Pharmacy Ave. bus knuckle packs a powerful punch: The Fixer
Like leaves in the fall, you can count on a big and dangerous bus knuckle in the pavement at a lot of busy TTC bus stops.
One of the lesser-known dangers on Toronto streets is a raised ridge in the pavement that forms at TTC stops, caused by a steady stream of buses that roll up and come to a stop in the same spot.
Over time, the weight of buses causes the pavement beneath their wheels to sink, which has the effect of creating a ridge or knuckle in the middle of the traffic lane, between the low spots.
We’ve seen bus knuckles that protrude nearly 15 centimetres above the surrounding road surface, a deadly obstacle for people on two-wheeled vehicles, especially when the road is slippery.
And there are so many that the city is hard-pressed to keep up. The easiest fix is to simply grind down the raised pavement, but the knuckle eventually reappears.
A much more effective but costly fix is to carve out a section of pavement about the length of a bus and fill it with concrete that withstands its weight without buckling.
The backlog of TTC stops in need of repair is so long that the city can only replace a small number with concrete each year, which means we have to live with them, even if they’re a danger.
Tony Salvatore emailed us about several knuckles in the same area, including a particularly bad one on southbound Pharmacy Ave., on the north side of the intersection at Ellesmere Ave.
“These ruts are hazardous to cars, cyclists and pedestrians,” said Salvatore. “They can damage cars (and) also lead to cars swerving unnecessarily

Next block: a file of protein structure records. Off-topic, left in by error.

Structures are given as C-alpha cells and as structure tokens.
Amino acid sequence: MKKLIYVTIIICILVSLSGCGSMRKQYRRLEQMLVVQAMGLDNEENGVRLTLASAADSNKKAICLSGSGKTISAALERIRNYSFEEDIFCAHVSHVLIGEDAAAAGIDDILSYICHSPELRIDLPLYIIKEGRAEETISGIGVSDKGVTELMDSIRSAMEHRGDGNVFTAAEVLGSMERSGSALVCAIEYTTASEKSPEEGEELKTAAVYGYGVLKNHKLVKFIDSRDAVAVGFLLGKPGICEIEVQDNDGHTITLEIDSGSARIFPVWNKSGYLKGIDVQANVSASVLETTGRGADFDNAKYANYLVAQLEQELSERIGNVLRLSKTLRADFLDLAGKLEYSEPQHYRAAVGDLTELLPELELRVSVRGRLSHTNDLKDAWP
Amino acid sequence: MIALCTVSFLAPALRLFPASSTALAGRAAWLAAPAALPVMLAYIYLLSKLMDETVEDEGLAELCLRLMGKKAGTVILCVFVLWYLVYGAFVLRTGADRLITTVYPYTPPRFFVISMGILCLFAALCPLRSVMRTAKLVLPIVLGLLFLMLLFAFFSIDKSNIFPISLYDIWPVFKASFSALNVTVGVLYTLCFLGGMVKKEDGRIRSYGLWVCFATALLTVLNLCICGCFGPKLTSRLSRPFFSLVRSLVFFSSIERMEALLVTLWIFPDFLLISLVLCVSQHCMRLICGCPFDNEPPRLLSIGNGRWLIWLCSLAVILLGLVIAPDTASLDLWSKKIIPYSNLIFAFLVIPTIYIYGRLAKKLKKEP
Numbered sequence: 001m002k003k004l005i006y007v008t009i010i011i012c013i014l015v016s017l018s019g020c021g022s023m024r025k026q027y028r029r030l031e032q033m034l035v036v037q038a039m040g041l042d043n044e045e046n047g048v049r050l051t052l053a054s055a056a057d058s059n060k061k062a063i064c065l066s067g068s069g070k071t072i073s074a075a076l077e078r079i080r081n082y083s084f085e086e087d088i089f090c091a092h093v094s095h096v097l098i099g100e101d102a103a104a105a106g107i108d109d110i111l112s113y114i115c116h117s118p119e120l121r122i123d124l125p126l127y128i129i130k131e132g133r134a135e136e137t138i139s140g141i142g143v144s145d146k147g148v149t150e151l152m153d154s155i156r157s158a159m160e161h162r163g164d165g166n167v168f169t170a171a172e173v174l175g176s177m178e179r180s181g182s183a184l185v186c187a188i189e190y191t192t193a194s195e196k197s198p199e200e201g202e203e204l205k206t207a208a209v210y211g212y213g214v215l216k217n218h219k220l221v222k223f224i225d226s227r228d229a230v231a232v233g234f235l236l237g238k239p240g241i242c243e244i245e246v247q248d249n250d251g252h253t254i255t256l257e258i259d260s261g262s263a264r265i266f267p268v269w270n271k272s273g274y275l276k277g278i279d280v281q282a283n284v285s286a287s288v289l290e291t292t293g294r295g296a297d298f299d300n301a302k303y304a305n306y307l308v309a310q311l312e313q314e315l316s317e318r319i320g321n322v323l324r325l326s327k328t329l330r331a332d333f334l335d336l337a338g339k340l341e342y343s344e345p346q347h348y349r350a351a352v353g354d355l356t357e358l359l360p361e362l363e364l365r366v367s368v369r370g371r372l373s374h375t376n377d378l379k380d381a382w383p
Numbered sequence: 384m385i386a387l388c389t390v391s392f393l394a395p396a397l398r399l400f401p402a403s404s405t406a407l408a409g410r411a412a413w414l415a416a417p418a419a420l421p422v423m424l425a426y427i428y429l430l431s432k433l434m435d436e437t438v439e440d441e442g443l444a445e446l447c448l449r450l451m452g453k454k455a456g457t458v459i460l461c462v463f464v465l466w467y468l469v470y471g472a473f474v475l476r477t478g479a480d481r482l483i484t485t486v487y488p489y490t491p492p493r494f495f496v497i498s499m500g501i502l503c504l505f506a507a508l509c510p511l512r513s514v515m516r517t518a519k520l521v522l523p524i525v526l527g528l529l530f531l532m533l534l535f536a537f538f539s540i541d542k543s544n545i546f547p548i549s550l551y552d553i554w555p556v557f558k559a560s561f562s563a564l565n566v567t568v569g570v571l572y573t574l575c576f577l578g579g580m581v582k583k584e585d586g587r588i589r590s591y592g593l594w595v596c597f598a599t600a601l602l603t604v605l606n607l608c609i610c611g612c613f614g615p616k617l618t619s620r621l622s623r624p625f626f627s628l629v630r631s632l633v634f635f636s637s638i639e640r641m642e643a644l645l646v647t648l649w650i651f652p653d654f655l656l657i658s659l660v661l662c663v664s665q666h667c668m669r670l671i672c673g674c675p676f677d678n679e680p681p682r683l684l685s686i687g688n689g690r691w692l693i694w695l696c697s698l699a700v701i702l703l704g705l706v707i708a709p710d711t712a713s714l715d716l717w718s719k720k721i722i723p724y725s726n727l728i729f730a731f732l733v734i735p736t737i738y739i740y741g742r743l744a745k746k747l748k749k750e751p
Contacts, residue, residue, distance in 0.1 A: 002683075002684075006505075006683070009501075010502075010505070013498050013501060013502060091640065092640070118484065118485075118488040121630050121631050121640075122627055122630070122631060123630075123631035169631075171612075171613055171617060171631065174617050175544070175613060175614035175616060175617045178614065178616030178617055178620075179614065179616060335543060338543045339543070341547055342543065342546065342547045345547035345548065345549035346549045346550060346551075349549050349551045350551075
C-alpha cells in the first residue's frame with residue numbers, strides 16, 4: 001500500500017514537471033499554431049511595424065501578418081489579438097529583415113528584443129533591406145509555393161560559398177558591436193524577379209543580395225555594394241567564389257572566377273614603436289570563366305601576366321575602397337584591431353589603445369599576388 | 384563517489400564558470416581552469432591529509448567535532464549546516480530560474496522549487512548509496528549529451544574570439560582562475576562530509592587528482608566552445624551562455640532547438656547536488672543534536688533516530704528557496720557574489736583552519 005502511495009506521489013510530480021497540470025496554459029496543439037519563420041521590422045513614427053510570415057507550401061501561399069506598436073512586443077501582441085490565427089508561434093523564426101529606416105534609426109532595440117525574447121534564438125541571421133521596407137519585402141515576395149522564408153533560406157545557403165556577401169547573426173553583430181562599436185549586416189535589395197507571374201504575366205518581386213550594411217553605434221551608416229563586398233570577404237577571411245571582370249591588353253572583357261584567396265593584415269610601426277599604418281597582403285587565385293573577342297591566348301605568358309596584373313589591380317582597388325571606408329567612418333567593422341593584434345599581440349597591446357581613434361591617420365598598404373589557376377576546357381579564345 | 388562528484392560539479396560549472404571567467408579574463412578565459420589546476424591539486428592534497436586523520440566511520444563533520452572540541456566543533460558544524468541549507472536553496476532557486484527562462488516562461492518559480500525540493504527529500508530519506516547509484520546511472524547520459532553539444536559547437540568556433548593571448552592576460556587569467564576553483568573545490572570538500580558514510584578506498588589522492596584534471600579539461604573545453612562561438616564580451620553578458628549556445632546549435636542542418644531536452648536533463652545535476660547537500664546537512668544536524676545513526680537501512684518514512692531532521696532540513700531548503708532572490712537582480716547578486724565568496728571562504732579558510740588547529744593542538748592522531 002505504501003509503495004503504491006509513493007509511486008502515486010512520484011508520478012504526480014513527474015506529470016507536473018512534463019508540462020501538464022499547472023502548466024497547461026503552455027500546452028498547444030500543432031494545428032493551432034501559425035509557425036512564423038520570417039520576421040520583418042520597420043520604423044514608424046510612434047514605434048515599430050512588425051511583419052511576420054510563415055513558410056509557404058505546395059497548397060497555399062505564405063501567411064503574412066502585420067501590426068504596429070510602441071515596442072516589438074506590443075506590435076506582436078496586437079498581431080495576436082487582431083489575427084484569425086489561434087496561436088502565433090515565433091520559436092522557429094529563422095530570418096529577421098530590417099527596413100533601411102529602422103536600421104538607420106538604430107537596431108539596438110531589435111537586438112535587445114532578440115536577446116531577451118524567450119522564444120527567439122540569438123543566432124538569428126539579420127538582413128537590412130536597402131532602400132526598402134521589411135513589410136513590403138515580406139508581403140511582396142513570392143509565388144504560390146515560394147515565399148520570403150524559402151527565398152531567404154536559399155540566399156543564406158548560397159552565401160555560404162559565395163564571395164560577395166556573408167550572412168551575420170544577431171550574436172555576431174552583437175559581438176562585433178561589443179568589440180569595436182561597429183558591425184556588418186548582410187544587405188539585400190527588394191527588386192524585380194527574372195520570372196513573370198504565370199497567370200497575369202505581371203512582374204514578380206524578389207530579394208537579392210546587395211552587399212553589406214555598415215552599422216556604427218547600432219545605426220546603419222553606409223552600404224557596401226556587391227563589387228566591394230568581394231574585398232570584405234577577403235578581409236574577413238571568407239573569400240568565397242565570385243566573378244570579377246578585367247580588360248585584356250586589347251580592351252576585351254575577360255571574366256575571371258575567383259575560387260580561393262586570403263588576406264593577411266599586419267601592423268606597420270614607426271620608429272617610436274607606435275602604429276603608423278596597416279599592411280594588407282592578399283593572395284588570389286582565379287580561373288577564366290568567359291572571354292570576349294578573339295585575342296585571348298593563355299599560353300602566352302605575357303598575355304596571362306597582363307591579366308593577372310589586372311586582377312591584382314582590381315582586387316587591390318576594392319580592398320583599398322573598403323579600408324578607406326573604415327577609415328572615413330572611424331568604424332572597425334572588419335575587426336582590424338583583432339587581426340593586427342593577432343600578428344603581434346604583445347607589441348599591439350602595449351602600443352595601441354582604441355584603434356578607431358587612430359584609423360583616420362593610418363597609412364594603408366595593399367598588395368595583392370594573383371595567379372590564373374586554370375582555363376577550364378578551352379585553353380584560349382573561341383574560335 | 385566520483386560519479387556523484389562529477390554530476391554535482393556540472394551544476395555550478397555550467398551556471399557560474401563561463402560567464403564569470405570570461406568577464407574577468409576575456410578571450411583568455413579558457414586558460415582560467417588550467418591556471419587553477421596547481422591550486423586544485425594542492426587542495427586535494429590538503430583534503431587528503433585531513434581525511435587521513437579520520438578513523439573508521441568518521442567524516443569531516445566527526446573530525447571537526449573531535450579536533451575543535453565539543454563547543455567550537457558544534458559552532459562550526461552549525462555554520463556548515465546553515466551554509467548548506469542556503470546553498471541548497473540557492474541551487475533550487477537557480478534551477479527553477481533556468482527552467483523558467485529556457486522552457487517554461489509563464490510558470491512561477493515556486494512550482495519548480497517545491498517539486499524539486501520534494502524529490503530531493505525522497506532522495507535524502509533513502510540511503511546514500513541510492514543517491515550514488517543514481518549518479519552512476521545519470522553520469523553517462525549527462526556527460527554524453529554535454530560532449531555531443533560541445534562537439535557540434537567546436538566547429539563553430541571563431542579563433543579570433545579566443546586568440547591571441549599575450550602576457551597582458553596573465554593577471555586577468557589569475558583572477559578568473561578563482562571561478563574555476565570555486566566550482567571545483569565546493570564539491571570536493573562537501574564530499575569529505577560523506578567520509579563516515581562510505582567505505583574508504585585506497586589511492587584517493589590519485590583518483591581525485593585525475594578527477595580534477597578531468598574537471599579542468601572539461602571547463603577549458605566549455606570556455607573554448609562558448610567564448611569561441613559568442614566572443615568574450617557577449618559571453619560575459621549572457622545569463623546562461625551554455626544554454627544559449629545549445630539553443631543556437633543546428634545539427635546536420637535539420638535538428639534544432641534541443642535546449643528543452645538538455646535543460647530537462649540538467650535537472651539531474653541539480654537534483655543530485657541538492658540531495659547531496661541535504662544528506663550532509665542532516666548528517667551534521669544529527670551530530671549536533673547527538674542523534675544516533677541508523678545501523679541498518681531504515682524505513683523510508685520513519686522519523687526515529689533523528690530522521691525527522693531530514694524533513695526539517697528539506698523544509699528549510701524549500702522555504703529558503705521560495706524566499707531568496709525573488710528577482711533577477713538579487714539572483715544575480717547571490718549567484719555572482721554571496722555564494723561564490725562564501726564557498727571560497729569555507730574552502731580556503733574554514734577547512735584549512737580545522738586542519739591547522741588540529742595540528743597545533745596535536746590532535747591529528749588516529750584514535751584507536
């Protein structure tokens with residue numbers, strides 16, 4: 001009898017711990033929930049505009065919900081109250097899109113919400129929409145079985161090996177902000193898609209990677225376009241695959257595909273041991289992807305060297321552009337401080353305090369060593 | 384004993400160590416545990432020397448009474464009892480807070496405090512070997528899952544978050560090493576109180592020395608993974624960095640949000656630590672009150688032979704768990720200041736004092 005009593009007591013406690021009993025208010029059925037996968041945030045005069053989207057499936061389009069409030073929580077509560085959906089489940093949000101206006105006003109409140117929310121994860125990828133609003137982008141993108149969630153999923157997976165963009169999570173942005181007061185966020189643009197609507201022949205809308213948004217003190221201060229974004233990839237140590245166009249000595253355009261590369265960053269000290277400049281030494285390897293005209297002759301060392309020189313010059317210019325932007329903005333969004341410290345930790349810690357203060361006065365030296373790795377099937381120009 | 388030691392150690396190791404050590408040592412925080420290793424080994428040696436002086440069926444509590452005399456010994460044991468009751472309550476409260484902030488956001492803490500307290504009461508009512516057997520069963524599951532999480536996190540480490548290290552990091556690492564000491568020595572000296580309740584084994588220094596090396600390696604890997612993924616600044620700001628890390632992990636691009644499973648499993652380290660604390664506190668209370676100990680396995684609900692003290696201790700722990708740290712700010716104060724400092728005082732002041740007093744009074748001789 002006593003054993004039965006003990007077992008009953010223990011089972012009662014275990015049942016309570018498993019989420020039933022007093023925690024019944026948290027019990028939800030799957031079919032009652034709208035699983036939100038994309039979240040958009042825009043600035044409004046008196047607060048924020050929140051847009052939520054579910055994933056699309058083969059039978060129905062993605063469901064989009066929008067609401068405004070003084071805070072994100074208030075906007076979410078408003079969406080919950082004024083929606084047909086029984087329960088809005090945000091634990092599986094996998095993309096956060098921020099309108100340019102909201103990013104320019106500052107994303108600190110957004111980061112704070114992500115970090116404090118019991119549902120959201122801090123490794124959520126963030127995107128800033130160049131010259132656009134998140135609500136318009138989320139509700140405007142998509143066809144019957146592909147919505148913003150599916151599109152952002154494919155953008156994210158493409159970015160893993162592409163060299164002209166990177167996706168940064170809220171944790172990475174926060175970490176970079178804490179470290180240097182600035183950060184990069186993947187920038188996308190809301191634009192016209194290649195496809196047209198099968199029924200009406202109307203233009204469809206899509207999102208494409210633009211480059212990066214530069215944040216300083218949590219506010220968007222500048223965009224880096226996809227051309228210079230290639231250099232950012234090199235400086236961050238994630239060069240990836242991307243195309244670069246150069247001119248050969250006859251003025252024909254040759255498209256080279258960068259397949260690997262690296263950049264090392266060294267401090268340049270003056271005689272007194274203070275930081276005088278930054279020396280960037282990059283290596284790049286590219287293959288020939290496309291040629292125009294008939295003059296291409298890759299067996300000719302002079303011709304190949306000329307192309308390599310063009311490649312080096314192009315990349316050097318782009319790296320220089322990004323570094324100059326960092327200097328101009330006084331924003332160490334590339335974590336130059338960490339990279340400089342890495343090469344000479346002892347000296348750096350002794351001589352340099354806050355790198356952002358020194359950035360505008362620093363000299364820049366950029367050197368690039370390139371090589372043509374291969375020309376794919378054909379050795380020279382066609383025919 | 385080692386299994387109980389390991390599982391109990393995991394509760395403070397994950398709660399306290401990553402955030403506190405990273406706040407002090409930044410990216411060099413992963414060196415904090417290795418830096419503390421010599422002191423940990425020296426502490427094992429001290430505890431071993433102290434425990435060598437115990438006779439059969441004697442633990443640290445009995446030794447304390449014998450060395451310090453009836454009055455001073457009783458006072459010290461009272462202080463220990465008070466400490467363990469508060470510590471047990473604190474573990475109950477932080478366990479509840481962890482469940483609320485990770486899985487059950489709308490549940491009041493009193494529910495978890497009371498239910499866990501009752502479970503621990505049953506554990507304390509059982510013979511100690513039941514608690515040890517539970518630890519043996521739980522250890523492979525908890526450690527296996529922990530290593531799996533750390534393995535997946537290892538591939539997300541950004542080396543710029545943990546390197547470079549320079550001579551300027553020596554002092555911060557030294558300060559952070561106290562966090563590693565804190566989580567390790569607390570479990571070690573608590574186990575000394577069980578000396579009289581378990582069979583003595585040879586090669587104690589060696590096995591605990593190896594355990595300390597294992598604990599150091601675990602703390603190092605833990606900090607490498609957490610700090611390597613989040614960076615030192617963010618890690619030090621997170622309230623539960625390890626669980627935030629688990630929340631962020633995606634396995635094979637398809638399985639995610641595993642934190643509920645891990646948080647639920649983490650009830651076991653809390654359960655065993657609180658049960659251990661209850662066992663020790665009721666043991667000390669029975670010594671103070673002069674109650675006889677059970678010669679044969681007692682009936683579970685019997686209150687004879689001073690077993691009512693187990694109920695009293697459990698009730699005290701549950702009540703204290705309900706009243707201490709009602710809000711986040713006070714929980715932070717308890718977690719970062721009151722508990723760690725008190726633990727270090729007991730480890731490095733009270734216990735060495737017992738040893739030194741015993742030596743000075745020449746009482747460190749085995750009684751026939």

“They are very dangerous when there is any snow at all on them, or a little rain.”
STATUS: We’ve sent the list of problem spots to transportation services and asked if they can be ground down and added to the list of TTC stops in need of a concrete pad, if they’re not already on it.
WHAT’S THAT BLACK CLOTH IN THE STORM DRAIN? Our column last Saturday was about plugged storm drains on River St. Among the stuff clogging them was black cloth bunched up around the edges of the grate. We thought it was part of the problem, but a reader emailed to say the cloth is there for a reason: to prevent debris from washing into the basin during rain. Frank Clarizio, a director of construction engineering services with the city, confirmed that the material is “filter fabric,” which prevents construction dirt and debris from getting into a basin. The material is stretched across the opening and held in place by the heavy iron grate, said Clarizio, adding it’s a requirement in construction zones. It may be a good idea, but it wasn’t very effective on River, where the fabric came loose and the drains were thoroughly plugged.
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